Make Occupy as interracial and interethnic and inter-sex/gender as possible. It is often the case that startup political organizations in the USA are disproportionately influenced, especially early on, by those who are privileged enough to have inherited, and to feel, a stake and an agency in the political culture -- and in the USA, that would be those who are disproportionately visible as white, middle-class, male and heterosexual. Lots of Occupations have lots of guys who look like this (who, frankly, look like me), although different Occupations have had more or less success representing the diversities of the 99%. The more that Occupy looks like the 99%, and even makes a preferential option for those who are lowest in the 99%, the greater the chance it will tell the truth and the greater the likelihood of its larger credibility in our society. The dynamic of Occupy's success is bound up with the deeper story of privilege and gender, race, and class in this country.
 Continue to focus on and deepen local events at local Occupations, serving people in our particular regions who have varying kinds of need (material, psychological, spiritual, which though distinct are not separate) and working for change that is both highly specific to localities and also connected to larger social-political forces. Occupy has to be able to show again and again that we cannot only manage public spectacles that draw attention to the issues -- an important approach in a highly mediatized culture -- but that (in the words of Rev. Michael Ellick) "we clean toilets, too." We help secure housing, we care enough about the people around us to give them the care they really need.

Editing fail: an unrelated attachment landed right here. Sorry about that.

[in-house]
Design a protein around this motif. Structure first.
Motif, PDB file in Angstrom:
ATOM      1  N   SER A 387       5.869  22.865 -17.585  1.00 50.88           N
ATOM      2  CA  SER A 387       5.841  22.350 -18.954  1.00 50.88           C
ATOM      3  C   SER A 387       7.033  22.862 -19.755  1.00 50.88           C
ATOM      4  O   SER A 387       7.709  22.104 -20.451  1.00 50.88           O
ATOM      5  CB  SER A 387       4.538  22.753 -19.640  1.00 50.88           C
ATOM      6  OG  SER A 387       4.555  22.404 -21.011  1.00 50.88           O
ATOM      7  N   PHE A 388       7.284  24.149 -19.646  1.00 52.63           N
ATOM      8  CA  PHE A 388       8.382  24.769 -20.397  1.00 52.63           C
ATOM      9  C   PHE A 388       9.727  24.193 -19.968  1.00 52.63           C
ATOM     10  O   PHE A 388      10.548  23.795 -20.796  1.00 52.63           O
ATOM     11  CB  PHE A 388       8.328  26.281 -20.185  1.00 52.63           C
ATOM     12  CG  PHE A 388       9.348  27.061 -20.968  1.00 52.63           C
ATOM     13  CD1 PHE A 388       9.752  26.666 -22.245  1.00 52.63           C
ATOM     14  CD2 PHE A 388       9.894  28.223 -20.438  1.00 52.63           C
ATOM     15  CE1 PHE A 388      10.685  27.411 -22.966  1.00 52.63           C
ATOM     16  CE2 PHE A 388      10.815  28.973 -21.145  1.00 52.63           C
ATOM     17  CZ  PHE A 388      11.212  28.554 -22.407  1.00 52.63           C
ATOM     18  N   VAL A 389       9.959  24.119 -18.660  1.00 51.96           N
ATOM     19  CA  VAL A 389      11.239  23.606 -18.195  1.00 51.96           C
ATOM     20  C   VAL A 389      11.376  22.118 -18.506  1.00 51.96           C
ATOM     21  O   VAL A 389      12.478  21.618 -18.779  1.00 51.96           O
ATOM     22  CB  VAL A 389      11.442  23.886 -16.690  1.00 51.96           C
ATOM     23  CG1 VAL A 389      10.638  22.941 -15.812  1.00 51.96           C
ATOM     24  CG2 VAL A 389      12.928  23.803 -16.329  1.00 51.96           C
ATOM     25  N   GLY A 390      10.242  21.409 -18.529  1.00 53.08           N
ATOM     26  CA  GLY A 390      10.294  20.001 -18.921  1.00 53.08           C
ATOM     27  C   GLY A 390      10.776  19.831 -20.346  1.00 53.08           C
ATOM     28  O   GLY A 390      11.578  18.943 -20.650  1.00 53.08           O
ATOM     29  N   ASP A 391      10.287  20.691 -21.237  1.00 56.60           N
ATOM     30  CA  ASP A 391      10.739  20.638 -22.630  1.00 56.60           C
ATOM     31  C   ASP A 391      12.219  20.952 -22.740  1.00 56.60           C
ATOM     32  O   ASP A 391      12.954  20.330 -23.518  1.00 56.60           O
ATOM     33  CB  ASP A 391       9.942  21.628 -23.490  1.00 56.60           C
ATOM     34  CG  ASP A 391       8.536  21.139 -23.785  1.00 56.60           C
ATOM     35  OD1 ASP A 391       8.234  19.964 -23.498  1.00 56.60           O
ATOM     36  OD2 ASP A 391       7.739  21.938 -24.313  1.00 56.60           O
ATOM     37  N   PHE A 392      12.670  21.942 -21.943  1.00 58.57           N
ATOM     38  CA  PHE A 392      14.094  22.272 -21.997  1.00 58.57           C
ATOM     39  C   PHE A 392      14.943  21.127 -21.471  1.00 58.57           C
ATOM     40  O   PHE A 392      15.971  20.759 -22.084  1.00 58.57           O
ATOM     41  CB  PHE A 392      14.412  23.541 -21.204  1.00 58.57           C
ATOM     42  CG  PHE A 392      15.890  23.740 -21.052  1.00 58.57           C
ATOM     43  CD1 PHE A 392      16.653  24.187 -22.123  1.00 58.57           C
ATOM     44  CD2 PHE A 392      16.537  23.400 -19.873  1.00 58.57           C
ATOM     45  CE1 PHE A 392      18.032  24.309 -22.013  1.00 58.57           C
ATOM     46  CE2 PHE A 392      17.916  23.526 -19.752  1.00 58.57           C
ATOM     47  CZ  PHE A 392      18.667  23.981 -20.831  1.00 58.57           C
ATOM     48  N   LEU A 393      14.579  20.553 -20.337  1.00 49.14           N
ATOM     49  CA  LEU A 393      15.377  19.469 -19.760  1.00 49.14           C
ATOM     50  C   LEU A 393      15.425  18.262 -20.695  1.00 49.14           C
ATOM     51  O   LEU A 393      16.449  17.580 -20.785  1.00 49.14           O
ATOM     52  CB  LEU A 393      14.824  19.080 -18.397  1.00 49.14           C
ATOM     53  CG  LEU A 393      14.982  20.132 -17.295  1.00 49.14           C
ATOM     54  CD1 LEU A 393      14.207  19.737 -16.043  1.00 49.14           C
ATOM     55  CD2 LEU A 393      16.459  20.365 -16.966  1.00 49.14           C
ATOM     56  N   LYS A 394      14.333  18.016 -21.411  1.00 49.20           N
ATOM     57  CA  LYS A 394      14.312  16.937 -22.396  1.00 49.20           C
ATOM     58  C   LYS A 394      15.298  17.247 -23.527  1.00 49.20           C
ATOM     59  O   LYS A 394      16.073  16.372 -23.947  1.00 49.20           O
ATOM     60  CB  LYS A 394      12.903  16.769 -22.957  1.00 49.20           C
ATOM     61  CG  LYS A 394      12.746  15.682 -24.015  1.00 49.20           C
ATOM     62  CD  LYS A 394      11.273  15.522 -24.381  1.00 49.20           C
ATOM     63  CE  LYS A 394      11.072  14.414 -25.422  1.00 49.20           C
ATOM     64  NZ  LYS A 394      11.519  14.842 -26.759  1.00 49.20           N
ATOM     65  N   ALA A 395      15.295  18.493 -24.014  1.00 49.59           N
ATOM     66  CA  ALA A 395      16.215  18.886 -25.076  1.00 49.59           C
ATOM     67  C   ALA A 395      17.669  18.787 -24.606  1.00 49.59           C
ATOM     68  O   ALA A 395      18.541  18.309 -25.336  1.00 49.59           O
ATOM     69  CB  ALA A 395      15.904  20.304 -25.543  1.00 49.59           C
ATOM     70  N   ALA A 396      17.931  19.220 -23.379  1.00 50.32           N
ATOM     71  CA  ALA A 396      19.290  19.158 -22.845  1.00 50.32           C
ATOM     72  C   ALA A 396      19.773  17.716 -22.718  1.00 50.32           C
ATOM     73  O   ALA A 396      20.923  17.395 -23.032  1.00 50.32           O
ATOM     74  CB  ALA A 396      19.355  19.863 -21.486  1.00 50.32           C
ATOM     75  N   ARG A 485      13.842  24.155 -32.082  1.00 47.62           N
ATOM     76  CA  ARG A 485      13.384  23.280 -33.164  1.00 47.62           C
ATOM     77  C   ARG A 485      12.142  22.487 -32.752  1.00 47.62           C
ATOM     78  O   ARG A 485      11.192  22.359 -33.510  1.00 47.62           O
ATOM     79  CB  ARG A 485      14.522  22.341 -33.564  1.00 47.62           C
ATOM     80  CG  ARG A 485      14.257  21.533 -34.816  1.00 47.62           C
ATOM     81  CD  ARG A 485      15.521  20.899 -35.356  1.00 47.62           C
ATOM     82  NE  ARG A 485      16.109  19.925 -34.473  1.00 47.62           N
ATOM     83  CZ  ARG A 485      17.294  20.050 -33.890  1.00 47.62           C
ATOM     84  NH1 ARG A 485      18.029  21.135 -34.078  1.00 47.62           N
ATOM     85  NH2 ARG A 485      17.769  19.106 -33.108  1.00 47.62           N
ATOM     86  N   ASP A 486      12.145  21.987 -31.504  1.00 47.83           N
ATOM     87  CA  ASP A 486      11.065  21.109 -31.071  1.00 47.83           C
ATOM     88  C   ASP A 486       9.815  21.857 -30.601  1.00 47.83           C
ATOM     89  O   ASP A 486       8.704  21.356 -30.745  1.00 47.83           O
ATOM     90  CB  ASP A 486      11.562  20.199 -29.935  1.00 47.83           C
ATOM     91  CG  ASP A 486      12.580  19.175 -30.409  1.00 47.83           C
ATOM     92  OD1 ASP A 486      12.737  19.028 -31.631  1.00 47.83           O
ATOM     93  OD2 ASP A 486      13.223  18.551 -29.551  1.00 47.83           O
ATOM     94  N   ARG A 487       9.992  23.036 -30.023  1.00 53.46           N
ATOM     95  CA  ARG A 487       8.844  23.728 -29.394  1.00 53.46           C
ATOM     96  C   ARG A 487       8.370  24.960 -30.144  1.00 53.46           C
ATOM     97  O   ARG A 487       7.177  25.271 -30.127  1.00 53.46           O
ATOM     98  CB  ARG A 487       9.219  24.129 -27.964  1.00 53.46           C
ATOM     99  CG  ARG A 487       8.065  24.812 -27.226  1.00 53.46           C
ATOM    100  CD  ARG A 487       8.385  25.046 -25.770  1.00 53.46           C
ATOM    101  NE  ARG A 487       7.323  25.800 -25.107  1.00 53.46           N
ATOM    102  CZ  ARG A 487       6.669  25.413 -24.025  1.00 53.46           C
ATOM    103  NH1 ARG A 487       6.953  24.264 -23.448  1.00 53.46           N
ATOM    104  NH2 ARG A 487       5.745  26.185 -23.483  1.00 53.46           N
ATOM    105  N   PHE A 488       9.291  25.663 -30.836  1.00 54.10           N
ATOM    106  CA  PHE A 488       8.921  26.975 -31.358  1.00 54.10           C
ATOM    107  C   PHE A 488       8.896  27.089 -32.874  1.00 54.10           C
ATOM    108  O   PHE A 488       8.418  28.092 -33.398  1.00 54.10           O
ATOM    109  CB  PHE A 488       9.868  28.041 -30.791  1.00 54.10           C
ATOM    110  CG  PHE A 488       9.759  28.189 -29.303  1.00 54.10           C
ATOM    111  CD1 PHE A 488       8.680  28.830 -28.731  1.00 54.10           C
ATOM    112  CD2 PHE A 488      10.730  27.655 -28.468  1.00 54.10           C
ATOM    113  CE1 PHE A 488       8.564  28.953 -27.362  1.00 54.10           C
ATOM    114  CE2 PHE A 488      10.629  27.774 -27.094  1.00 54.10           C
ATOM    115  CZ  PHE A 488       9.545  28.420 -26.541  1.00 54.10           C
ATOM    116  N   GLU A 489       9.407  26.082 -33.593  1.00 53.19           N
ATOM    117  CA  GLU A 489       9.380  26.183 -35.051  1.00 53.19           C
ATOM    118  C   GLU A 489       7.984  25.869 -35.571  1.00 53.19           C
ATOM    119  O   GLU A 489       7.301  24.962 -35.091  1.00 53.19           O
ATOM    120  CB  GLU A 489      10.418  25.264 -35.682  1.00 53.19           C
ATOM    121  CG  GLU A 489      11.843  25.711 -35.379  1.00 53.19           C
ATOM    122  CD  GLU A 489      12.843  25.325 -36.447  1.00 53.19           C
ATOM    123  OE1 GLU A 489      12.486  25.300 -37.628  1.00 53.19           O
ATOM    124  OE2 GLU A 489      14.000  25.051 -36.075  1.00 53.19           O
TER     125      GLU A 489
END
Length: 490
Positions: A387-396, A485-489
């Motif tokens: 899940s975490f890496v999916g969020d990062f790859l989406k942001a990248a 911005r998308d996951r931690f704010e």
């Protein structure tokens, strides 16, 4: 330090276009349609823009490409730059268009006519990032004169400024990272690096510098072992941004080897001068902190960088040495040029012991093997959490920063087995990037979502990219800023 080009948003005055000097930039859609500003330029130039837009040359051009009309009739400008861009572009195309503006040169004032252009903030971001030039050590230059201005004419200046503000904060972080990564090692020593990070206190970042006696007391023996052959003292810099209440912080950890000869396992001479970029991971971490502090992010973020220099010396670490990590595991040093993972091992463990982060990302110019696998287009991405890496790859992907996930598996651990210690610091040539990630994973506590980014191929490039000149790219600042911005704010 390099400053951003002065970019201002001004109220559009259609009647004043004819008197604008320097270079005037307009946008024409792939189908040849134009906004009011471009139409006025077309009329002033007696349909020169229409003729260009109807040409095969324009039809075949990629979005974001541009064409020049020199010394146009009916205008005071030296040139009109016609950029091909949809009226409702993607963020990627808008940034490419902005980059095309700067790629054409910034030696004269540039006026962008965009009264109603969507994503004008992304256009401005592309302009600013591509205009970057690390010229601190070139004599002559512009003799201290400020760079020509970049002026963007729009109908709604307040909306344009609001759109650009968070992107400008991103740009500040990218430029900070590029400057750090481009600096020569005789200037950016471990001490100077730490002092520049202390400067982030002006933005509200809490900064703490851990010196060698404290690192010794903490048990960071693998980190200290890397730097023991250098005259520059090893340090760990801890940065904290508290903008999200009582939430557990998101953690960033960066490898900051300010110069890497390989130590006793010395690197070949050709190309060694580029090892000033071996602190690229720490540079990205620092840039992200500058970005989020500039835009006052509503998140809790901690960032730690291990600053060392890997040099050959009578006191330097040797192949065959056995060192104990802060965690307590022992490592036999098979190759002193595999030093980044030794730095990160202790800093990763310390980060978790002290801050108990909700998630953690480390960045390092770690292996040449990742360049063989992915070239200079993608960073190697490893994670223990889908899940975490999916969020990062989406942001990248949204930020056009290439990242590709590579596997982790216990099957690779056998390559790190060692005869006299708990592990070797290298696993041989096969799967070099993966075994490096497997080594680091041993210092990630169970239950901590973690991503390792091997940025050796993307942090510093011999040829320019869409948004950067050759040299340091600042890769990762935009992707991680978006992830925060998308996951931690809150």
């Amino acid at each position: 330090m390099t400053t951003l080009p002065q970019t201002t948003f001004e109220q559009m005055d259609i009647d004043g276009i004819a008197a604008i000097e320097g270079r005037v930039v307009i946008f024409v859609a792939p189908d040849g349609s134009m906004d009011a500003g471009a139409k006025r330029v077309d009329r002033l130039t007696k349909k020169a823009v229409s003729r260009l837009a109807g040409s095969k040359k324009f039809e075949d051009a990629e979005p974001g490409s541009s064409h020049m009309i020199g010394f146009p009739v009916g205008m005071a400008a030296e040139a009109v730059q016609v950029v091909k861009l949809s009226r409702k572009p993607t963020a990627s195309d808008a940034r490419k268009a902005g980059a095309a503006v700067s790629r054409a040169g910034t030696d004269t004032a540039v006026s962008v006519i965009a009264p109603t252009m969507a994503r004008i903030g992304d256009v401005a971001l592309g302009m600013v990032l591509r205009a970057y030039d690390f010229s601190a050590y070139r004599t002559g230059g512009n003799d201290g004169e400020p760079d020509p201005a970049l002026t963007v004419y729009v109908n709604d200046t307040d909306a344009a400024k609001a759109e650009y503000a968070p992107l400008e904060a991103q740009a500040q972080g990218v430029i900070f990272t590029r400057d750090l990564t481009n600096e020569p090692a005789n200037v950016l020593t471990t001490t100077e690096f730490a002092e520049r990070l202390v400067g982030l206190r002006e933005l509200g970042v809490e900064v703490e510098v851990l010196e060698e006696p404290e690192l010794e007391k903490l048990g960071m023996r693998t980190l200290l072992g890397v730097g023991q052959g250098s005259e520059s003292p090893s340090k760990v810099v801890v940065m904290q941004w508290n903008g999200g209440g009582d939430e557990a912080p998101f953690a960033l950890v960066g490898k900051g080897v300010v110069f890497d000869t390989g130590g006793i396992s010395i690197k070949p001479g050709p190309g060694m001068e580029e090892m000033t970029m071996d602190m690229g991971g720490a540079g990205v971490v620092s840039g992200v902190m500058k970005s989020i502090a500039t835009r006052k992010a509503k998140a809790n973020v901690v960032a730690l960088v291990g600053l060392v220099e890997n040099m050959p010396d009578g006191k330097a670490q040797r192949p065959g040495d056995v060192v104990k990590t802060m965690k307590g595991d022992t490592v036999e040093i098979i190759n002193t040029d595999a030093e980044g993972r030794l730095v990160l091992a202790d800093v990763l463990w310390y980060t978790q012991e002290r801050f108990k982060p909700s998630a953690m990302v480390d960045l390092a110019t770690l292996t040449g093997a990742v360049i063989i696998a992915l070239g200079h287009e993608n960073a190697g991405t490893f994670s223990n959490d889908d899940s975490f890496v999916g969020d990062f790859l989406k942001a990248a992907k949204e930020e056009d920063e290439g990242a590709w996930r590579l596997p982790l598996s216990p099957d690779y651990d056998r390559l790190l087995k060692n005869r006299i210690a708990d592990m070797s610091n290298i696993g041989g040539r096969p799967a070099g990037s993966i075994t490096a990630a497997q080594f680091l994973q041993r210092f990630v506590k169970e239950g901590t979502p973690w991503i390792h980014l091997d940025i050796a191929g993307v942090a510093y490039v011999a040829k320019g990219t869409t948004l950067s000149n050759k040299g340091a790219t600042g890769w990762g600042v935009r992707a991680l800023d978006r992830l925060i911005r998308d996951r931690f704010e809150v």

Evolve a governance structure at the local, national, and international levels to become more effective. Many local Occupations are struggling with forms of governance that will be both democratic and effective. This is an old challenge. But I believe Occupy will also need to organize itself into a larger interlocking structure nationally and internationally in order to maintain longer-term social effectiveness. Some plans are afoot for attempting to build such structures this year, but there will be a lot of resistance and in such a leaderless, decentralized movement, it will be very hard.
 Stay nonviolent and teach about nonviolence. With a very, very few exceptions, millions of participants in Occupy have practiced nonviolence at public events globally. This needs to continue because it is, in almost every imaginable situation, and as many religious leaders have taught us, the living path to greater moral clarity, but also because it is essential to the credibility of the movement. I and other parents have felt safe bringing our children to Occupy events. Except in rare cases of high tension or in situations of planned direct nonviolent action, that needs to continue to be the case. A no-drugs (except coffee! and of course there will always be some nicotine...), no-alcohol, child-friendly, and nonviolent environment. The palpably festive or joyful atmosphere around many Occupy events, even while people are bearing sober messages, or risking arrest, is good for the movement. Further, with regard to teaching nonviolence, I would also like to see more teach-ins and educational events and programming around Occupy. Not enough people know enough about the issues beyond the headlines or know enough about why they might want to get involved.
New York City